Upon refraction depends, in a great measure, the value of those numerous optical instruments, such as spectacles, telescopes, microscopes, magic-lanterns, cameras, and stereoscopes, which have contributed so much to the convenience, instruction, and amusement of mankind. In all these

instruments, one or more refracting lenses are essential. Such lenses are usually made of glass, and are of six kinds, according as their surfaces are convex, plane, or concave. Three of them, the double convex (A), plano-convex (B), and meniscus (C),are thicker towards the

FIG. 53.

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centre than at the edges, and collect parallel rays falling

FIG. 54.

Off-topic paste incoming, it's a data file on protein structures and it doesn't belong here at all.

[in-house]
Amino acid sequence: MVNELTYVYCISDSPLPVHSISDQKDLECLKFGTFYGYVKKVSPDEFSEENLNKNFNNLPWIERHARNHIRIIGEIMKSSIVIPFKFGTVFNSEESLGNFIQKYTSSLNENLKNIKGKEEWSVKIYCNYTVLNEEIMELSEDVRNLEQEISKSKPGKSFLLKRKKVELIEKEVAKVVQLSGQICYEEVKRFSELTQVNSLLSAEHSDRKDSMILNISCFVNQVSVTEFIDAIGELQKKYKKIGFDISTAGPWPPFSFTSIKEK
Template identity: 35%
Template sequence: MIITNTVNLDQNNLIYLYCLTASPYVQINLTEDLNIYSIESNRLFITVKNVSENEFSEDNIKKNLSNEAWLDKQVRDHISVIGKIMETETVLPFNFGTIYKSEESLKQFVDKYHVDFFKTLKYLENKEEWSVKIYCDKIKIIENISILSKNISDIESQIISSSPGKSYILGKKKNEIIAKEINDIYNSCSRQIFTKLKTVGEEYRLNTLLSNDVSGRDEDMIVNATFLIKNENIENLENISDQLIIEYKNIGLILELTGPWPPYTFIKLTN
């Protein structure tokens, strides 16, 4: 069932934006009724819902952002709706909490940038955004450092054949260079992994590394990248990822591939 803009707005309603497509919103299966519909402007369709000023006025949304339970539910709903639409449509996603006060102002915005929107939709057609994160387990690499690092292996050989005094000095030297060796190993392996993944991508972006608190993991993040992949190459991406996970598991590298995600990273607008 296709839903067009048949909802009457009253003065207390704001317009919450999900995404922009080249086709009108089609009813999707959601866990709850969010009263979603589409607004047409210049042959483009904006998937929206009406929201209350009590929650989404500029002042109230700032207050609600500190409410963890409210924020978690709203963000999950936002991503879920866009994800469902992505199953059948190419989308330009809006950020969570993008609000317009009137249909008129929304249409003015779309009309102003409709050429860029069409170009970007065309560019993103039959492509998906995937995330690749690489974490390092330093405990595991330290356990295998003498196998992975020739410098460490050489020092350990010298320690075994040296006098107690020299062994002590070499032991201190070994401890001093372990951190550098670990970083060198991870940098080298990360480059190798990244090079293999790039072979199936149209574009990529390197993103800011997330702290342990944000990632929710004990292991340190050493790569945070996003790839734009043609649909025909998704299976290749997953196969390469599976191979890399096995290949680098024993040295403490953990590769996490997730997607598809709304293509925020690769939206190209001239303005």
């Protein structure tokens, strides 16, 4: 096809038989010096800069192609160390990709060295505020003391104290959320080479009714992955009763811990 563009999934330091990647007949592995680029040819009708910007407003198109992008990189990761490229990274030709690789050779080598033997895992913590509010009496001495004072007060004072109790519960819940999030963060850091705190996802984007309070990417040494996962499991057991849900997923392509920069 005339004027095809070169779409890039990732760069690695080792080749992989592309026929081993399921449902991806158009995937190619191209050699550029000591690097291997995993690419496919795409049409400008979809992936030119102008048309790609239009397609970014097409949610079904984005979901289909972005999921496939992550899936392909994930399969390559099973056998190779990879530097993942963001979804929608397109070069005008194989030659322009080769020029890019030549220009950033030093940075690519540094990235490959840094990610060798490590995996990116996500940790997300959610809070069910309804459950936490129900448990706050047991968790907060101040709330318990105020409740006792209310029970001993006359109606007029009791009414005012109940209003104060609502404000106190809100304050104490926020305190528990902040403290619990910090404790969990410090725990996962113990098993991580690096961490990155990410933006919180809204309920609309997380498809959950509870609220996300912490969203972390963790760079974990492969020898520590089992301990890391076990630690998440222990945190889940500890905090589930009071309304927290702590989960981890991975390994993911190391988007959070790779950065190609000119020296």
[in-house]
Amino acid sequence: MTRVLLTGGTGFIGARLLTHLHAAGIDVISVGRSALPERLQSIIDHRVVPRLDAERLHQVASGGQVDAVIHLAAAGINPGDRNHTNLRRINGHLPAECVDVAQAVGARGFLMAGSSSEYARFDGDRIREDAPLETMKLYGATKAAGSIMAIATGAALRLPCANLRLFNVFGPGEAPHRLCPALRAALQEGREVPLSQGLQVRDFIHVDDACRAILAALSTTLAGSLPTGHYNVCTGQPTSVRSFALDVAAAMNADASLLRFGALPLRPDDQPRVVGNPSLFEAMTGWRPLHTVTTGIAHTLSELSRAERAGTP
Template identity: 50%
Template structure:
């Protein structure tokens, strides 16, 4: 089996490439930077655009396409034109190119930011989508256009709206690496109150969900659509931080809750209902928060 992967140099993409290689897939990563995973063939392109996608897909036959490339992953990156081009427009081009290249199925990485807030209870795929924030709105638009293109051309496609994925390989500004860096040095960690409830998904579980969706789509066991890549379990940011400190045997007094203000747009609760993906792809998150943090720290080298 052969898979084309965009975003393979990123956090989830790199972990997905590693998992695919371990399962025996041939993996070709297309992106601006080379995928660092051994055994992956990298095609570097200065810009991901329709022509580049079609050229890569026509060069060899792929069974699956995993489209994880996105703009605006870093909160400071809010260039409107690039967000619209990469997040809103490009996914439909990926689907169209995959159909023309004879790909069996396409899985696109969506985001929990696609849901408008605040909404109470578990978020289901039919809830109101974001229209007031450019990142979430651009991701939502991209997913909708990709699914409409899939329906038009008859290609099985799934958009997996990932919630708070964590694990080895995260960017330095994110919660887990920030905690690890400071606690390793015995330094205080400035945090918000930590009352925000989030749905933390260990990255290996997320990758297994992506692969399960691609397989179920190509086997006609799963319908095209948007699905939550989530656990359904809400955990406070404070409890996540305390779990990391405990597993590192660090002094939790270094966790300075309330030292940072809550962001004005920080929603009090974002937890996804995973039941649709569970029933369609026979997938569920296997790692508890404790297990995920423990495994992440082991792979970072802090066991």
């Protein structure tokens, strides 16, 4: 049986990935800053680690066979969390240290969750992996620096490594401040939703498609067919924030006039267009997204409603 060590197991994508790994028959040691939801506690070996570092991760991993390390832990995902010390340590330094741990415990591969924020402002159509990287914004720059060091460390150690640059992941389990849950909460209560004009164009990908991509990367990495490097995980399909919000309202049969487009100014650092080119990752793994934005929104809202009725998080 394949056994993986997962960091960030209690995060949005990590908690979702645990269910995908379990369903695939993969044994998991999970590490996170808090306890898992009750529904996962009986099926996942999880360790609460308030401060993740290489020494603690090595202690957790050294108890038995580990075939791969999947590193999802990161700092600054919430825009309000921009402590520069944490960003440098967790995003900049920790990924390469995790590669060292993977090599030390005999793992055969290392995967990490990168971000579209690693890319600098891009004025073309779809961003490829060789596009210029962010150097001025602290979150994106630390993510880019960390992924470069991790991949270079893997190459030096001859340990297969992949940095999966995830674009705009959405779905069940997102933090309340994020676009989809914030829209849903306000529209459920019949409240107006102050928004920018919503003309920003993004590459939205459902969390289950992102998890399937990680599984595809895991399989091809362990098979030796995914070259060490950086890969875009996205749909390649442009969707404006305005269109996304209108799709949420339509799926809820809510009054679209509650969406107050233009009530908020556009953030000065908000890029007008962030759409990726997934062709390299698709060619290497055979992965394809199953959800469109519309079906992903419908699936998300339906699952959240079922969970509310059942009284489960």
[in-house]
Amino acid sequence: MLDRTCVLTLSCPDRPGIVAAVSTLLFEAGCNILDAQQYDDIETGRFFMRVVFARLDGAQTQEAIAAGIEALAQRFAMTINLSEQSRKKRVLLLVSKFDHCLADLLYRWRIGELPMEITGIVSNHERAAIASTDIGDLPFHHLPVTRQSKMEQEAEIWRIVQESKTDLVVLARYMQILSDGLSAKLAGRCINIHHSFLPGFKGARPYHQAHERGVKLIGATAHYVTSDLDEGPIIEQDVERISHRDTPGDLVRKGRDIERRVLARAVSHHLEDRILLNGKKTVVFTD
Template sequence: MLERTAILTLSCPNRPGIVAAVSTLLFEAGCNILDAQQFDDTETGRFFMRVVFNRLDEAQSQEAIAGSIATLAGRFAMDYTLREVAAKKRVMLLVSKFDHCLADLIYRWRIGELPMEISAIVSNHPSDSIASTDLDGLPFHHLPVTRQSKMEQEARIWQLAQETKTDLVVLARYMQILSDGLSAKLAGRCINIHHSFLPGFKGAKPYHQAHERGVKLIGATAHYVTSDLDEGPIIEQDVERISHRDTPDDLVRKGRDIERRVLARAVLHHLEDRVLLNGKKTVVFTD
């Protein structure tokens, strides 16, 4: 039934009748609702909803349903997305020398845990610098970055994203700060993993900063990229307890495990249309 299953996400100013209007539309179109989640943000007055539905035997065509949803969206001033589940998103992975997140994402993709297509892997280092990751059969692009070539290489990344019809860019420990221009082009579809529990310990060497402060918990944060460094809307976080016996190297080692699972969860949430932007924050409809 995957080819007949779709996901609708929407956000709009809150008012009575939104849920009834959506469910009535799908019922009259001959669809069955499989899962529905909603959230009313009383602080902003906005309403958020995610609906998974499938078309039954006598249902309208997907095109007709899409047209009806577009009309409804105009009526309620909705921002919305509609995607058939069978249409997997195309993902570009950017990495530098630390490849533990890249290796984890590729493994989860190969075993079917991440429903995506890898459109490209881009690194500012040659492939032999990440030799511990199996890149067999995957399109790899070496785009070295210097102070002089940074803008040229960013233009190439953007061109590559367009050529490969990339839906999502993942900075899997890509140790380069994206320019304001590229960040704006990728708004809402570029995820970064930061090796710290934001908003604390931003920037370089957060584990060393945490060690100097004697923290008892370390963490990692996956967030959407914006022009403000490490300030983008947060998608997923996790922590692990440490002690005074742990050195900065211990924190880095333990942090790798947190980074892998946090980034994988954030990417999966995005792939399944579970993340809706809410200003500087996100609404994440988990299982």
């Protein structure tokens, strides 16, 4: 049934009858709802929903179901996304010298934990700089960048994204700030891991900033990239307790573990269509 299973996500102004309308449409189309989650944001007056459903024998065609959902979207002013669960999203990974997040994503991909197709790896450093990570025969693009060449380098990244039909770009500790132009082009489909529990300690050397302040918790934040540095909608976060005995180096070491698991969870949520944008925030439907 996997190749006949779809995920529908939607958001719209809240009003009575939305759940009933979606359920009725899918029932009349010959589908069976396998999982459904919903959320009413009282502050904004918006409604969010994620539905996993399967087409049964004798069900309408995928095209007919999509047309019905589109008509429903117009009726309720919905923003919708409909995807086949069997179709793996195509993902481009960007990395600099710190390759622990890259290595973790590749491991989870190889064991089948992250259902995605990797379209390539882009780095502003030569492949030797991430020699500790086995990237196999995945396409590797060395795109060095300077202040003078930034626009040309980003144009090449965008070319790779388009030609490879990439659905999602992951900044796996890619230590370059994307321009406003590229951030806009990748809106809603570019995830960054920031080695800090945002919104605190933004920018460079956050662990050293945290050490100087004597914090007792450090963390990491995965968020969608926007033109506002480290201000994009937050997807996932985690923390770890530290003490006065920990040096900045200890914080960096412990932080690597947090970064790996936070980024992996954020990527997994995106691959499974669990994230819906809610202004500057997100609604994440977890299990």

upon them to a common point or focus beyond, as in fig. 54. They are therefore called converging lenses. The other three, the double concave (D), the plano-concave (E), and the concavo-convex (F), which are thickest at the edges, are called diverging lenses, because parallel rays, after being refracted by them, diverge or spread outwards, as if they came from a focus on the same side. This is shown in fig. 55. If the FIG. 55. rays falling upon the lenses are not parallel, the effect is substantially the same; converging lenses tend to gather them, diverging lenses to scatter them. Hence the rays from any object which we wish to examine may be made to enter the eye, by means of a suitable combination of lenses, or of lenses and reflectors together, in any desired direction. By the same means magnified images may be produced of objects too small to be seen by the naked eye; and the dim light from objects far beyond the reach of unassisted vision may be so collected and concentrated as to render these objects distinctly visible. It is thus that the telescope has revealed to us thousands of worlds in the remote regions of space, of whose existence we should otherwise have been ignorant; while, on the other hand, the microscope has made us acquainted with other worlds within and around us, filled with creatures of